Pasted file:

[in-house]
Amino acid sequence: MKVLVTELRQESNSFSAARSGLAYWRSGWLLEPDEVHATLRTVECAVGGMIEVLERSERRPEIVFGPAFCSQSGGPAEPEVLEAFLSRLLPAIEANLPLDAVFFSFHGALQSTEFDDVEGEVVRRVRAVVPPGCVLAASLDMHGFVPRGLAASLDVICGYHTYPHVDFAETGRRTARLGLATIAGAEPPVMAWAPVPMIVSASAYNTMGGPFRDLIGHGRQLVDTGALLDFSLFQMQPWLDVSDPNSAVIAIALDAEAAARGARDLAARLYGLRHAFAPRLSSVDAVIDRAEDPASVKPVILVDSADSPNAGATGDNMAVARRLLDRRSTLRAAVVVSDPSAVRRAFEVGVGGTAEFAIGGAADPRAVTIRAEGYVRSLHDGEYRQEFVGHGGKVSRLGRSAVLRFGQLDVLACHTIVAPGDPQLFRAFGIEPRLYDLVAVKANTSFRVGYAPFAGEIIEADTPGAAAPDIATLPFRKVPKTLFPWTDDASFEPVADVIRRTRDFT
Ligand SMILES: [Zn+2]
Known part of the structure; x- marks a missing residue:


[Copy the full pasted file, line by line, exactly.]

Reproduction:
[in-house]
Amino acid sequence: MKVLVTELRQESNSFSAARSGLAYWRSGWLLEPDEVHATLRTVECAVGGMIEVLERSERRPEIVFGPAFCSQSGGPAEPEVLEAFLSRLLPAIEANLPLDAVFFSFHGALQSTEFDDVEGEVVRRVRAVVPPGCVLAASLDMHGFVPRGLAASLDVICGYHTYPHVDFAETGRRTARLGLATIAGAEPPVMAWAPVPMIVSASAYNTMGGPFRDLIGHGRQLVDTGALLDFSLFQMQPWLDVSDPNSAVIAIALDAEAAARGARDLAARLYGLRHAFAPRLSSVDAVIDRAEDPASVKPVILVDSADSPNAGATGDNMAVARRLLDRRSTLRAAVVVSDPSAVRRAFEVGVGGTAEFAIGGAADPRAVTIRAEGYVRSLHDGEYRQEFVGHGGKVSRLGRSAVLRFGQLDVLACHTIVAPGDPQLFRAFGIEPRLYDLVAVKANTSFRVGYAPFAGEIIEADTPGAAAPDIATLPFRKVPKTLFPWTDDASFEPVADVIRRTRDFT
Ligand SMILES: [Zn+2]
Known part of the structure; x- marks a missing residue: